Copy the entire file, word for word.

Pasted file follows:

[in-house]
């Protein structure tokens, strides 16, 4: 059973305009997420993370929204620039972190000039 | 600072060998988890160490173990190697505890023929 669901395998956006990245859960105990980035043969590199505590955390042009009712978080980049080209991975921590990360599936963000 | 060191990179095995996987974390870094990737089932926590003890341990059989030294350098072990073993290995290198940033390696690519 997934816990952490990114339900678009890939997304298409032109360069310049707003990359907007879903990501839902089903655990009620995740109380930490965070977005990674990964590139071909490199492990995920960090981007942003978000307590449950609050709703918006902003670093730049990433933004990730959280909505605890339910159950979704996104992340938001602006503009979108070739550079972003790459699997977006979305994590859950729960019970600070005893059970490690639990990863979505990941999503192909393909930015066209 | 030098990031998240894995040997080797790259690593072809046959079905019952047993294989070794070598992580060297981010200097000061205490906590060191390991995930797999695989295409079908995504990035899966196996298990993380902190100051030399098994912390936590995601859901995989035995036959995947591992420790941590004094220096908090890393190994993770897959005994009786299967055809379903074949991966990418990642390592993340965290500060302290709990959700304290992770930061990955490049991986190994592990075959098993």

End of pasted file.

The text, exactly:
[in-house]
């Protein structure tokens, strides 16, 4: 059973305009997420993370929204620039972190000039 | 600072060998988890160490173990190697505890023929 669901395998956006990245859960105990980035043969590199505590955390042009009712978080980049080209991975921590990360599936963000 | 060191990179095995996987974390870094990737089932926590003890341990059989030294350098072990073993290995290198940033390696690519 997934816990952490990114339900678009890939997304298409032109360069310049707003990359907007879903990501839902089903655990009620995740109380930490965070977005990674990964590139071909490199492990995920960090981007942003978000307590449950609050709703918006902003670093730049990433933004990730959280909505605890339910159950979704996104992340938001602006503009979108070739550079972003790459699997977006979305994590859950729960019970600070005893059970490690639990990863979505990941999503192909393909930015066209 | 030098990031998240894995040997080797790259690593072809046959079905019952047993294989070794070598992580060297981010200097000061205490906590060191390991995930797999695989295409079908995504990035899966196996298990993380902190100051030399098994912390936590995601859901995989035995036959995947591992420790941590004094220096908090890393190994993770897959005994009786299967055809379903074949991966990418990642390592993340965290500060302290709990959700304290992770930061990955490049991986190994592990075959098993």